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# Who first came up with the idea of imaginary numbers?

The origin of i is difficult to trace. Some historians give credit to Italian physician and mathematician Girolamo Cardano (1501-1576; in English, known as Jerome Cardan). In 1545, he is said to have started modern mathematics, first mentioning not only negative numbers but imaginary numbers in his Latin treatise, Ars Magna (The Great Art). But Cardano did not consider the imaginary numbers as the real mathematical objects we do today. To him, they were merely convenient “fiction” to classify certain polynomial properties, describing how their roots would behave when he pretended they even had roots.

Eighteenth-century Swiss mathematician Leonhard Euler, who published over 70 volumes on mathematics in his lifetime, was one of the greatest contributors to the discipline that ever lived. Euler developed important concepts in such areas as geometry, calculus, trigonometry, algebra, hydrodynamics, and much more. He also created the concept of the imaginary number that is the square root of —1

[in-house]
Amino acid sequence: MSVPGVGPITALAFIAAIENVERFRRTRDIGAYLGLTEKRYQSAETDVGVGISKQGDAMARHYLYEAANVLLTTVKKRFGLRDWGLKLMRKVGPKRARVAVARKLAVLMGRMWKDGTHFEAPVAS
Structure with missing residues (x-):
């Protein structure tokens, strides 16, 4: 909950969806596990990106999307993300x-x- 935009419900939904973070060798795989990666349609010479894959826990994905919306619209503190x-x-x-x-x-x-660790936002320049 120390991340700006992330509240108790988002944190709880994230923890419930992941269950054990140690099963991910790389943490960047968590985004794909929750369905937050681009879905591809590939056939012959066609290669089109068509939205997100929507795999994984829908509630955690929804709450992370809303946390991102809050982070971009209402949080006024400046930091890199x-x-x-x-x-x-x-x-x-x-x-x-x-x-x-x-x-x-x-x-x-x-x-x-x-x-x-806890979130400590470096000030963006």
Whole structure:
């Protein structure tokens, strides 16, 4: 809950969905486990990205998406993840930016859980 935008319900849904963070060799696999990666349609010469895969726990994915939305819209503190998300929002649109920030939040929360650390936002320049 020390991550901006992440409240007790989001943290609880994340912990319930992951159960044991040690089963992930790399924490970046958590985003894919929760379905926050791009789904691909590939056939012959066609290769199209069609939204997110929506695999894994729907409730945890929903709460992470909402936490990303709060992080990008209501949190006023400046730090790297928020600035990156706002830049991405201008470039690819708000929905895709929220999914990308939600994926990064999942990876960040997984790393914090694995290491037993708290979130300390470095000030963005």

Most agree that around 1777, Swiss mathematician Leonhard Euler (1707–1783) used “i” and “-i” (negative i) for the two different square roots of -1, thus eliminating some of the problems associated with notation when putting polynomials into categories. (He is also credited with originating the notation a + bi for complex numbers.) Much to the consternation of many past and present mathematicians, i and -i were called “imaginary,” mainly because the number’s function at the time of Euler was not clearly understood. When German mathematician, physicist, and astronomer Johann Friedrich Carl Gauss (1777–1855) used them for the geometric interpretation of complex numbers as points in a plane, the usefulness of imaginary numbers became apparent. (For more information or Gauss, Cardano, and Euler, see “History of Mathematics.”)

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